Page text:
Before Hedi Slimane’s much-hyped Saint Laurent debut in Paris, the designer cast a handful of relatively unknown models as exclusives and worked with them daily during the weeks before the show. One of these girls was Louise Parker, a Minnesota native who graduated from Bard College last May with a degree in photography. Street-scouted while she was still in school, Parker hadn’t walked a single runway in her life until this season, when she signed with Marilyn at the beginning of New York Fashion Week.
Parker was cutting her teeth on a few relatively small gigs in New York — including Peter Som, VPL, Osklen, and Hache — when her agent told her to get ready for Paris. Barbara Nicoli, the casting director for Saint Laurent, had seen a video of Parker and wanted her to meet with Slimane. “I was told to either pack for a day or for three weeks, because depending on how the meeting went, I’d either come back home or stay,” Parker said. The meeting was a success, and she became part of Slimane’s team for the next several weeks, eating family-style meals in the office and working with him every day. Read on to learn about why Slimane chose Parker, what it was like to work with him, and how it felt backstage at that infamous Saint Laurent show.
How did you get started with modeling?
While I was in school in the Hudson Valley, I did a little bit of modeling — but it happened randomly. I was street-scouted for Ryan McGinley, and I did a trip with him, and a couple of shoots. And through Ryan’s agent, Shea Spencer, I met the photographer Roe Etheridge, and I did a couple of shoots with him. So when I graduated, I looked into signing with an agency, found Marilyn, started with them about a month ago, right at the beginning of New York Fashion Week.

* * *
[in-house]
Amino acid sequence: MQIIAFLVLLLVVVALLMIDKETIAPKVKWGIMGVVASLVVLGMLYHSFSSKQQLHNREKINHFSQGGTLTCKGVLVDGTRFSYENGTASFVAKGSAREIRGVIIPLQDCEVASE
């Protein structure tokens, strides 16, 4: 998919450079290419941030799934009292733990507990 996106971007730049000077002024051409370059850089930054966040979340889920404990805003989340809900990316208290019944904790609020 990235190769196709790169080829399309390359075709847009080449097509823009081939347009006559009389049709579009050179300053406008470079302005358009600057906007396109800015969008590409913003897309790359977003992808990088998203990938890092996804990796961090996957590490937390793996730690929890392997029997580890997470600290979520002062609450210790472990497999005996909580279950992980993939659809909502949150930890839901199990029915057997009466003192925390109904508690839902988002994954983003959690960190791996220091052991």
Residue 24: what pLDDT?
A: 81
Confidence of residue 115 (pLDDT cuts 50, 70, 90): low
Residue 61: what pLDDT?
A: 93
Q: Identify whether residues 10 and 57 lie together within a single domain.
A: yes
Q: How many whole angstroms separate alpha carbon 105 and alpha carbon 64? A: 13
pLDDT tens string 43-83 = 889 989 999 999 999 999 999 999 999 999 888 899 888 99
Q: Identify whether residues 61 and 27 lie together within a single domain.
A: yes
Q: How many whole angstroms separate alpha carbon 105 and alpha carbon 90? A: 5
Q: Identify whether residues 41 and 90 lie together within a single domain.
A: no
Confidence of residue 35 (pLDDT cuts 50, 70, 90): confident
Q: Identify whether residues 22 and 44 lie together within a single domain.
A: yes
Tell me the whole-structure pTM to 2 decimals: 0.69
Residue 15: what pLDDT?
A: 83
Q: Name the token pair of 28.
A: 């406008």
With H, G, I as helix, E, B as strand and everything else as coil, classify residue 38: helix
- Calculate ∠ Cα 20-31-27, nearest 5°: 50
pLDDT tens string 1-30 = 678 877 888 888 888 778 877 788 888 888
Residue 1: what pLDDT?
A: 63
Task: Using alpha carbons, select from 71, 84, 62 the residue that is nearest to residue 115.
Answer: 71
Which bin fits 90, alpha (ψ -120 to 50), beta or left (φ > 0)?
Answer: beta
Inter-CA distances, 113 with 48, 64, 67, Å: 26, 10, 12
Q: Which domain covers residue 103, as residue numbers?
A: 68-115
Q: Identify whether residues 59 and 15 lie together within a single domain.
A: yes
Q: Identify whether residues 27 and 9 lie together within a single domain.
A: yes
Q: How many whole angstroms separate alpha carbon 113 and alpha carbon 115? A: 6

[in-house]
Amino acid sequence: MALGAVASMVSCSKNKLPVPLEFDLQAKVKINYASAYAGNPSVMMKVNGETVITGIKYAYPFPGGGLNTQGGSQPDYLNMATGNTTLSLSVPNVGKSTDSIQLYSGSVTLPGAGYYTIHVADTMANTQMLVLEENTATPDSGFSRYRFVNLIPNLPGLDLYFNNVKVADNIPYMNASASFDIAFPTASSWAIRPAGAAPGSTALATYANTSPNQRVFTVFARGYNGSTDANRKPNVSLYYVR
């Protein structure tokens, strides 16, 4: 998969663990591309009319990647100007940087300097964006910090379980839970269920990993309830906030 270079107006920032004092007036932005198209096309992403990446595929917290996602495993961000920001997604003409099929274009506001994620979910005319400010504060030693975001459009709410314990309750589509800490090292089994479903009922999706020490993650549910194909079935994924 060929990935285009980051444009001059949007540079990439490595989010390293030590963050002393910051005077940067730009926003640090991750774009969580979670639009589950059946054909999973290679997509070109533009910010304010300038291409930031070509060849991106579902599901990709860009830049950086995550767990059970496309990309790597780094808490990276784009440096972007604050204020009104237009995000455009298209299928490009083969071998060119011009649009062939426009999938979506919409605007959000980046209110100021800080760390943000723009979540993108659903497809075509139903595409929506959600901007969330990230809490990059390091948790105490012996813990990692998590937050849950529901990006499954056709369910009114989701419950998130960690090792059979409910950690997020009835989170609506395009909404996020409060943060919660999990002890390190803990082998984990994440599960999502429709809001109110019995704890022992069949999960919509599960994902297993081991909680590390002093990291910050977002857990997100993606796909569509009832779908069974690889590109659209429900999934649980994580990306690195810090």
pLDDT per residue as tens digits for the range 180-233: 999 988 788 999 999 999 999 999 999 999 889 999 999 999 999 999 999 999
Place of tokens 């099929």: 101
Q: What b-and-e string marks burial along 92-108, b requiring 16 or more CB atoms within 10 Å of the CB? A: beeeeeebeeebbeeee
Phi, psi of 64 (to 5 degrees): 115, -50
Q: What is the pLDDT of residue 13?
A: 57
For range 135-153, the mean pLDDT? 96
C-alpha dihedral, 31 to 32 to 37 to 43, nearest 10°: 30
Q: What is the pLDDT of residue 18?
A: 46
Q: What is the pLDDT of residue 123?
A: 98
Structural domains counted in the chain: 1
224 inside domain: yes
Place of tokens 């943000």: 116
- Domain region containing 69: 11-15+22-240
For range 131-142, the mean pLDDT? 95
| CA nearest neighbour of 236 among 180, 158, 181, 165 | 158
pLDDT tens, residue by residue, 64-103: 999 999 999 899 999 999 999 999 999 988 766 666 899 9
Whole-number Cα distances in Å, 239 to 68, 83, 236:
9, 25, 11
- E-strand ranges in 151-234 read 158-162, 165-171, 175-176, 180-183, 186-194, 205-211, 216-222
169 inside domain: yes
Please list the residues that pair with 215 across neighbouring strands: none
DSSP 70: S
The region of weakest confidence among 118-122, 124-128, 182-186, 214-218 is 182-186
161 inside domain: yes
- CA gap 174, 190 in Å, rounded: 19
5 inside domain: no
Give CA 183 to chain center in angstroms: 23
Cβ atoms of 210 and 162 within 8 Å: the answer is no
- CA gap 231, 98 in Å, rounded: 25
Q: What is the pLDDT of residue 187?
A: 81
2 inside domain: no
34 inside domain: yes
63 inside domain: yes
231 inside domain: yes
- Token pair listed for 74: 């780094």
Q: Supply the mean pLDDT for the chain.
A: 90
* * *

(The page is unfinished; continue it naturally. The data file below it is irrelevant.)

How did you wind up getting cast for Saint Laurent?
Honestly, I’m not exactly sure. My agent took a video of me walking, and sent it out to a few clients, and Saint Laurent was interested. I met with their casting director, [Barbara Nicoli], in New York during New York Fashion Week. She liked me, and set up a meeting for me to go to Paris to meet with Hedi.
What was your actual meeting with Hedi like?
Those kinds of meetings are always really brief, because they’re seeing 50 girls a day. I just went in and I walked for them, and they put me in the Saint Laurent shoes, which were crazy. I don’t have much experience walking in heels, and these were difficult to walk in. Hedi told me that I had a pretty bad walk, and that I needed to work on it, but he was really nice about it — he said, “Oh you’re great, you’ll work for me, but your walk really needs some help.” And then I started working with them three days later. I was so, so excited when I found out they’d chosen me. I would have felt really defeated if I had gone all the way there and then had to come back to New York the next day because it hadn’t worked out.
What was it like to work with Hedi leading up to the show?
They initially told me I would have a week off before I started working, but then called me three days later to say that they needed me to come to the office to shoot looks. They just had me trying on the clothes so they could figure out which skirt goes with which blouse, and stuff like that. So up until the show I was working every day, shooting looks and doing fittings. A lot of modeling involves waiting around — sometimes you’re just sitting for hours waiting for someone to tell you what to do.